On a recent visit to China, U.S. Trade Representative Susan Schwab hit all the familiar themes. China's massive trade surplus. Its currency, which many U.S. officials believe is purposely undervalued. But then she made an unusual request. China, Schwab declared, "can and should have a role in getting these [global] trade talks back on track."

That the Bush administration now has to rely upon China to deliver global free trade negotiations is a sign of how badly trade talks have collapsed. Overshadowed by the summer war in the Middle East and the British terrorism scare, the most recent round of World Trade Organization negotiations, called the Doha round, has fallen onto life support. In all likelihood, the talks now will fail, for the first time in the history of the WTO. (There is new talk of resuming the negotiations, but nobody has set a timeline.) This is a news story of major consequence, since Doha at least offered an opportunity to make trade more equitable. But the United States and Europe can only blame themselves: Despite the supposedly pro-trade agenda of the White House and European leaders, they have done little to make the Doha Round more acceptable to the world's poor, who now have more power in the WTO due to the rise of Brazil, India, China, and other developing world economies. This failure has allowed other developed nations, like Japan, to backslide as well. The result could potentially hurt poor and rich nations alike.

After the failure of the 1990s "Washington Consensus" notion that unfettered free trade would help poor countries, many developing nations considered a retreat to economic nationalism. In Latin America, where income inequality and urban unemployment rose in the 1990s, a mere thirty-five percent of those surveyed in one 2002 poll said the state should allow the private sector to control economic activity. But pure economic nationalism is no longer feasible; even longtime holdouts like India have moved away from such policies.

Given this context, as Doha was launched its advocates called it the "development round," suggesting that the major powers would take actions that opened more markets to the poorest countries and helped them prosper from trade. Though no one expected Doha to be a panacea for poor countries' plights, one analysis by the International Food Policy Research Institute found that, overall, developing countries would gain twice as much from a successful Doha round as wealthier nations.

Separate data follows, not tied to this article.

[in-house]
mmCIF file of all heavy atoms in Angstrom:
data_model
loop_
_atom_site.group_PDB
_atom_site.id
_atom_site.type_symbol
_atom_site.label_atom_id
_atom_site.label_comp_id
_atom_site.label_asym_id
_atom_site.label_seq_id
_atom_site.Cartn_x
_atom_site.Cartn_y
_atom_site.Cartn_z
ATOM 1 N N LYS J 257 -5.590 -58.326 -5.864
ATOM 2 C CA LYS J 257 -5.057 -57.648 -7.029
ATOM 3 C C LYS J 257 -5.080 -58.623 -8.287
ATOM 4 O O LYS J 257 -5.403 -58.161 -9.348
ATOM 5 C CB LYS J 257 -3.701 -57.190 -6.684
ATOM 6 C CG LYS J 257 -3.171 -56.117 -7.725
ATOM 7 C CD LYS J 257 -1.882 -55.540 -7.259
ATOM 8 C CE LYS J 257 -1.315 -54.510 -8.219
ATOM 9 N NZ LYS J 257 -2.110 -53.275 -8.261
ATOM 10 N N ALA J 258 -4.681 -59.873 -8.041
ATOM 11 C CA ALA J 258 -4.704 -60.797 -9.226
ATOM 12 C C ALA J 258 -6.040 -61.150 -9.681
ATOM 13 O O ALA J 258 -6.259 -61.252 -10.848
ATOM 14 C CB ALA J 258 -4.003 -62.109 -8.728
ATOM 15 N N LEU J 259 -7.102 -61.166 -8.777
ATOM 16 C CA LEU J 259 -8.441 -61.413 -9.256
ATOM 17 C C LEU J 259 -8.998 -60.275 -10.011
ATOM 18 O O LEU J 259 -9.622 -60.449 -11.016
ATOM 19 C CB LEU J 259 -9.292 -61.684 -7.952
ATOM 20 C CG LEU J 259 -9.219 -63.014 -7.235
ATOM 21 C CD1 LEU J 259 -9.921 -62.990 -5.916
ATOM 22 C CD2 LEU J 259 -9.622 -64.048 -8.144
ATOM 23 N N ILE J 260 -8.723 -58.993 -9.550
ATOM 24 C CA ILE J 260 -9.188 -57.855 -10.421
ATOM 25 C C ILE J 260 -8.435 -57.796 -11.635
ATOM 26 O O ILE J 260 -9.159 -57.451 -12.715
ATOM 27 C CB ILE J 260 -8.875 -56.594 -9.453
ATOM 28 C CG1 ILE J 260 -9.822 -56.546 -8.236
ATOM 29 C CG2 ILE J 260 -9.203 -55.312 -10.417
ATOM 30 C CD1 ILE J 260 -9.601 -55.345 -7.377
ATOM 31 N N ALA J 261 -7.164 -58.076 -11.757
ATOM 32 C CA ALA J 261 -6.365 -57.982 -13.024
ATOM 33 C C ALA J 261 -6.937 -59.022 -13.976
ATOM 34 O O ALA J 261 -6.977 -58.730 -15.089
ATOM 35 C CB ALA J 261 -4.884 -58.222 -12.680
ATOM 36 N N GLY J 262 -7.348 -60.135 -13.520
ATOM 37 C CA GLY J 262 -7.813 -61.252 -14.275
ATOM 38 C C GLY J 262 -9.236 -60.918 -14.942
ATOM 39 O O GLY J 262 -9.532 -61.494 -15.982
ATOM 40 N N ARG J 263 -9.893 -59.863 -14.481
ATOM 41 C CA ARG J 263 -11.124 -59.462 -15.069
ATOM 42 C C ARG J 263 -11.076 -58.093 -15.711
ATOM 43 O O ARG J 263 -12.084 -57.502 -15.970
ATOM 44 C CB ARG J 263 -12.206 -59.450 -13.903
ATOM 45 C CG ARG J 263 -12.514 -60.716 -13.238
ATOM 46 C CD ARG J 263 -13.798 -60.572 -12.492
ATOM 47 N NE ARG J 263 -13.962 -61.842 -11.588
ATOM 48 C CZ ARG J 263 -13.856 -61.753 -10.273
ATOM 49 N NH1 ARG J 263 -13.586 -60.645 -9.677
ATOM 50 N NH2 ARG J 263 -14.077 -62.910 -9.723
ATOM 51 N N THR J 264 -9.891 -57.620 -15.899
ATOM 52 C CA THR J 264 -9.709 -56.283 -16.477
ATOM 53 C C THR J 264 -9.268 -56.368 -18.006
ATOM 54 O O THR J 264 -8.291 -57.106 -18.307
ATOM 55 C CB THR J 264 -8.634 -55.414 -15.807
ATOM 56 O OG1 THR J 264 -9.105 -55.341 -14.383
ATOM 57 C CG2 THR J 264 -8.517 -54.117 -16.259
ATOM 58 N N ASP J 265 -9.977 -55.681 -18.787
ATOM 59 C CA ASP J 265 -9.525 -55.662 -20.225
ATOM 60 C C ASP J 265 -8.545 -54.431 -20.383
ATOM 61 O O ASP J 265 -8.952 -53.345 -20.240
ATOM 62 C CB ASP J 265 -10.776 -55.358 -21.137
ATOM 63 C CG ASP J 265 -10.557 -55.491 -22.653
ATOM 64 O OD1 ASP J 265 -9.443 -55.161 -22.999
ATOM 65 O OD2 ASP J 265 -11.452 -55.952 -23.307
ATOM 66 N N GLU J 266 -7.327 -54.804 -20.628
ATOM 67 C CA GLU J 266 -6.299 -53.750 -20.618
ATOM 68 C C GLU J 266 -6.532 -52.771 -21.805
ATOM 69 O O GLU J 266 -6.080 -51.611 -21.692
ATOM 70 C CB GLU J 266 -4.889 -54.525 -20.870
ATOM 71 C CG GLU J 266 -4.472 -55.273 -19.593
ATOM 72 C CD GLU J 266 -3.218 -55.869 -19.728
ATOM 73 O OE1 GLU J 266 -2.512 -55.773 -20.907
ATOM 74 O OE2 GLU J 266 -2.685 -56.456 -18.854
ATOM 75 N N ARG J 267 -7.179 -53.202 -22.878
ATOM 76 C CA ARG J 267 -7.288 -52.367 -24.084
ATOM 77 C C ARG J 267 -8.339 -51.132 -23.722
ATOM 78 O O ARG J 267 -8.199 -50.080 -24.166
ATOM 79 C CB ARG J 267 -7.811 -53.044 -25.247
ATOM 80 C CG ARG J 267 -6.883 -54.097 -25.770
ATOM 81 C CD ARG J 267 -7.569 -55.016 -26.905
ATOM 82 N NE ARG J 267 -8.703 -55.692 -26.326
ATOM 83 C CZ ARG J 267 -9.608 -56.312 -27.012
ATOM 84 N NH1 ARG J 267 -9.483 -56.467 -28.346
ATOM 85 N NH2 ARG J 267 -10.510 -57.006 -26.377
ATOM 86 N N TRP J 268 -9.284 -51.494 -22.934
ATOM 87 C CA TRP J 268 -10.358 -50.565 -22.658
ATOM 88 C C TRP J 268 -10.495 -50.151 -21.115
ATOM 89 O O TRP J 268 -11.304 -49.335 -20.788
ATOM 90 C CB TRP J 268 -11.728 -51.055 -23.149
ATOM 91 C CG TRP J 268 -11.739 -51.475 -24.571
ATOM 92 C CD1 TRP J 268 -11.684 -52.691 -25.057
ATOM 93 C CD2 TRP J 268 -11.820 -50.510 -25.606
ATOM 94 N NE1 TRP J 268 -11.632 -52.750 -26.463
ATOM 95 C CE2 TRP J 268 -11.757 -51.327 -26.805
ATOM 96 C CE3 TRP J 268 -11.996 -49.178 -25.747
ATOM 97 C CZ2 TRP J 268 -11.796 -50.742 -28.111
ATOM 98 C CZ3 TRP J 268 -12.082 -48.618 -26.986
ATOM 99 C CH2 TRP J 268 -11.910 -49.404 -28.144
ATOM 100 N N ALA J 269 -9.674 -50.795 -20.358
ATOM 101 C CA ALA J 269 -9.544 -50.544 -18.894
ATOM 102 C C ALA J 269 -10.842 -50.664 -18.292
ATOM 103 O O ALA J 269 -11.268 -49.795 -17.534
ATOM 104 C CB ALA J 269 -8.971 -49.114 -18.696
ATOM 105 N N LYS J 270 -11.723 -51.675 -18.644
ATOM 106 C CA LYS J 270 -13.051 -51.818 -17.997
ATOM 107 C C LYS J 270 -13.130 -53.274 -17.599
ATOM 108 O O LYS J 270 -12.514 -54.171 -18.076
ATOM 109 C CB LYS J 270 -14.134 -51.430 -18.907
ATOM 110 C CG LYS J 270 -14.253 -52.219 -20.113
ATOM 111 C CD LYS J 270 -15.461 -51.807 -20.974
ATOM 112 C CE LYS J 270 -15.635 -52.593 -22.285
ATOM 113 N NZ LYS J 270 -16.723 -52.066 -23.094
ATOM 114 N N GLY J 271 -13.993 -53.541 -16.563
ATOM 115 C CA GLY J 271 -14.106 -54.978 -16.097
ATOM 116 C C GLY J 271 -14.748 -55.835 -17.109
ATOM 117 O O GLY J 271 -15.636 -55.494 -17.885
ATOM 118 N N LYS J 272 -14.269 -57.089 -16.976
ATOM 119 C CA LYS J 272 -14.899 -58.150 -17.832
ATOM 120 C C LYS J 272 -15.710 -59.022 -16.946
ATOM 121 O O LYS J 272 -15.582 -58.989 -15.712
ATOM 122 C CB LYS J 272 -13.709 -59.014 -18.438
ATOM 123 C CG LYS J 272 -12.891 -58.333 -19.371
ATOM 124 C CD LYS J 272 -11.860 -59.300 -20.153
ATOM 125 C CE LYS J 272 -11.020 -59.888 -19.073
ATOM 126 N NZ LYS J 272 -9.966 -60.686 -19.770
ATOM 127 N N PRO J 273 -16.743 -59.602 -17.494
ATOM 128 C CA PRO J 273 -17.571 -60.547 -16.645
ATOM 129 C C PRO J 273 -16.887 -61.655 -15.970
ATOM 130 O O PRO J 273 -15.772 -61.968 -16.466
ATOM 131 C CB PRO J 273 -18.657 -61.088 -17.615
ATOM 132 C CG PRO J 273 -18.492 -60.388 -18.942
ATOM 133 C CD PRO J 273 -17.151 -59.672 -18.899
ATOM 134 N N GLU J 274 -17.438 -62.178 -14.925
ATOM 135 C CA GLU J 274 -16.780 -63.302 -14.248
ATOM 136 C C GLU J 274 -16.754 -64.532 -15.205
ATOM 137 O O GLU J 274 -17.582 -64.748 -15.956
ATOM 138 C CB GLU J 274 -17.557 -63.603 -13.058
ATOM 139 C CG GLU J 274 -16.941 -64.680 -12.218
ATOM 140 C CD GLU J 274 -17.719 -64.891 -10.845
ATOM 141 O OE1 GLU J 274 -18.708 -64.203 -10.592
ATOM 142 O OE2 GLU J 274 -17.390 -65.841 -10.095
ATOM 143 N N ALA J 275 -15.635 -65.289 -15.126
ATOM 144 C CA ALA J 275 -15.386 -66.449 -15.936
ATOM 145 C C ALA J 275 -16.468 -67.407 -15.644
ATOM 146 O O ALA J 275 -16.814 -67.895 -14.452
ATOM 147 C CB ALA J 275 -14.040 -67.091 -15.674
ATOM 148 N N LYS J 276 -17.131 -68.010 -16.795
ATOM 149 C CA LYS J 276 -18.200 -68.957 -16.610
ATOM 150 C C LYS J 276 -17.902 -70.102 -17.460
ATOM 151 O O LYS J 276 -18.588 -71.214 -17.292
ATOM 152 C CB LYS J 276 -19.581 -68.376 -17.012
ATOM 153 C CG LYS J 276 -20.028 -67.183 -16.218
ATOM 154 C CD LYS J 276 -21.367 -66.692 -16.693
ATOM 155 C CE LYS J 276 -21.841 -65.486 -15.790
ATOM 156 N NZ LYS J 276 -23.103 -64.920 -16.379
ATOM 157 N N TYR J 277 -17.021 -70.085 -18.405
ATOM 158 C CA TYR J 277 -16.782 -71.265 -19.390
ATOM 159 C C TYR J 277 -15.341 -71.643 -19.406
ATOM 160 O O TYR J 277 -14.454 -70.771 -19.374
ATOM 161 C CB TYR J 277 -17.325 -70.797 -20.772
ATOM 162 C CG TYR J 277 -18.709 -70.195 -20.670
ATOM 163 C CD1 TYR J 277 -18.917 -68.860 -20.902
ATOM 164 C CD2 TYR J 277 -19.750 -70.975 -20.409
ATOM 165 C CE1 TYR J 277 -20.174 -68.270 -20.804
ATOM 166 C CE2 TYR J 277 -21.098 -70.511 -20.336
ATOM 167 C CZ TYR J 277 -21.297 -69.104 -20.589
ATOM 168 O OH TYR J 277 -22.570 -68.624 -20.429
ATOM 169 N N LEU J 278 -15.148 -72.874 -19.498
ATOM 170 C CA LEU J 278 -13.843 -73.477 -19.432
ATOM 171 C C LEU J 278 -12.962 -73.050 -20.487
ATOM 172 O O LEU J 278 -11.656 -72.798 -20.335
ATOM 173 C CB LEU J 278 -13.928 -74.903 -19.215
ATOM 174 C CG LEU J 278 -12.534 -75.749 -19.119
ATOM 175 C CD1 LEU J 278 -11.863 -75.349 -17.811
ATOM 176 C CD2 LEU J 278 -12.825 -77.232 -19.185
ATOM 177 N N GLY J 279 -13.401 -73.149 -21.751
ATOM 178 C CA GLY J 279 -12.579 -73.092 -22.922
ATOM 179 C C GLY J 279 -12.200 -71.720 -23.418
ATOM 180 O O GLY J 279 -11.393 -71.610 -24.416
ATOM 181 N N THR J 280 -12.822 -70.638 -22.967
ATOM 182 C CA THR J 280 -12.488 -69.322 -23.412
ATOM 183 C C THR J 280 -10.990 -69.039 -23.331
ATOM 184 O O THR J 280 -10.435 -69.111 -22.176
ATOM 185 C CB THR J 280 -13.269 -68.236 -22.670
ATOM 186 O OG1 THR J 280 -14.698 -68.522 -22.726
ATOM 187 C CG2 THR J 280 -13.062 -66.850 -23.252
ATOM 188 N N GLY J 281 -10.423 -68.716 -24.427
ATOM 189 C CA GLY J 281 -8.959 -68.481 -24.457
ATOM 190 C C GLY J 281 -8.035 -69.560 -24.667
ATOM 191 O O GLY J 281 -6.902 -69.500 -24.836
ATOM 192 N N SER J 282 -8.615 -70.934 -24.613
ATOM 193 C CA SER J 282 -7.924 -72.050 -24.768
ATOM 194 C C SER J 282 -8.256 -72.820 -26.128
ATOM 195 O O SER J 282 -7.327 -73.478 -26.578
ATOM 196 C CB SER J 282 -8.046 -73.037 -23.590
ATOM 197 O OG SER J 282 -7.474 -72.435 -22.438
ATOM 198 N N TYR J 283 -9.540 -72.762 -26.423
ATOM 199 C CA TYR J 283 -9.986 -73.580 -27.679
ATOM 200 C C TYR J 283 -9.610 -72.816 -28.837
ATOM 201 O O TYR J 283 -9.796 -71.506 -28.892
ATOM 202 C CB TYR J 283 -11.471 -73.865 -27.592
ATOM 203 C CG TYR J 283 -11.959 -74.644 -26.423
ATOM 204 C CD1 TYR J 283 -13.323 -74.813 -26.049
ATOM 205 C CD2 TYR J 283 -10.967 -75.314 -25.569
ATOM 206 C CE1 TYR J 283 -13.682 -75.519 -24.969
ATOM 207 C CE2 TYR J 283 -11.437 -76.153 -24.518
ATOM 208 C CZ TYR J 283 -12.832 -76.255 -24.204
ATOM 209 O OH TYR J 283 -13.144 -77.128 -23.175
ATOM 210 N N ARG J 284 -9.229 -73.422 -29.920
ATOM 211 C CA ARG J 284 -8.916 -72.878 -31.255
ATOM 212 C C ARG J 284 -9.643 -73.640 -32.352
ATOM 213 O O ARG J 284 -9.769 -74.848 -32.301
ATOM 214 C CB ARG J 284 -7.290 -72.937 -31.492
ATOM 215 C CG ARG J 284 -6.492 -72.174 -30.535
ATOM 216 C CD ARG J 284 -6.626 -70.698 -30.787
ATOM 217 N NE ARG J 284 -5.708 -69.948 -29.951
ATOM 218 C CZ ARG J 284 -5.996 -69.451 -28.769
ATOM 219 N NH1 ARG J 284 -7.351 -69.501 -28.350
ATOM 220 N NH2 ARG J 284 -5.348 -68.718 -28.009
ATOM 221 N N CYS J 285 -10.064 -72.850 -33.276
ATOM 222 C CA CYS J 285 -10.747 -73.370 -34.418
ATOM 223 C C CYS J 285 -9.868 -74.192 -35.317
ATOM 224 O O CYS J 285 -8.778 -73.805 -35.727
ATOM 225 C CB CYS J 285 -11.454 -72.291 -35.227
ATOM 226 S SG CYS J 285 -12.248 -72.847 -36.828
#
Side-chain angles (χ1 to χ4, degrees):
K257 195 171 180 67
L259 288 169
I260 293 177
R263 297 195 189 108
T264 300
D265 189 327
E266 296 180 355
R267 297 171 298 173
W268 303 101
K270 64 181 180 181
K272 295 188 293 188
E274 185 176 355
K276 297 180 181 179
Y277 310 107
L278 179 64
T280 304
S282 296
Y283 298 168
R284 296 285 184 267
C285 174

But as they proceeded, any time negotiations came close to forcing Western nations to swallow some of the pain of globalization, those nations balked. As major developing countries like Brazil called for reducing rich-world farm subsidies, Europe refused to cut their agricultural tariffs and quotas. Their refusal gave Congress the cover needed to pressure U.S. trade negotiators to back down from cutting agricultural supports. Even when WTO head Pascal Lamy suggested limited cuts in rich-world farm subsidies, the U.S. negotiators balked, saying they preferred no deal at all to a compromise in which large developing countries traded moderate cuts in their tariffs for moderate cuts in U.S. and European agricultural support. Perhaps uncoincidentally, almost immediately after Doha failed this summer, Missouri Senator Jim Talent, of the Senate Agriculture Committee, introduced a bill extending America's farm subsidies, which cost some $25 billion per year. ''We are proud that the U.S. stood up and held the line,'' Bob Stallman, president of the American Farm Bureau Federation, told The New York Times. ''No deal is better than a bad deal.''

The collapse could have significant consequences. The White House has tried to position freer trade as one solution to the poverty and frustration felt by citizens of the Middle East. (This was one reason why the talks were launched in Doha, the capital of Qatar, only two months after the 9-11 attacks). With the talks' breakdown, it will be harder for the United States to make that argument, and some Middle Eastern leaders may blame the United States for the Doha problems. As Andrew Kohut, president of the Pew Research Center, told : "This reinforces the view that America is conducting its foreign policy -- in this case trade -- in its own interests." What's more, in the absence of multilateral trade talks, many nations will focus on bilateral and regional agreements, which in Asia tend to exclude the United States. (The free trade deal signed between China and ten Southeast Asian countries is one example.) Such bilateral and regional deals could further weaken the entire system of multilateral institutions, already on the defensive after six years of attacks by the Bush administration.

The hardest hit by such a dynamic may be the poorest citizens of all. Smaller bilateral and regional trade deals normally do not include the poorest, weakest nations, instead typically bringing together countries like the United States and, say, Singapore. The bilateral deals also do not offer the same opportunity as the WTO talks do for all poor and rich nations to sit down together and rethink how to make trade work for the developing world, or to consider how to handle job losses in richer countries caused by global competition.

Most Americans seem to have paid little attention to Doha. But Lamy, head of the WTO, recognized the peril. "The trauma of this collapse may not yet register on the streets of New York, Paris or Tokyo,'' he wrote in an open letter to trade ministers throughout the world. "But for cotton growers in West Africa and beef producers in Latin America, there is already an impact."

Joshua Kurlantzick is a senior correspondent at The American Prospect and a special correspondent at The New Republic.

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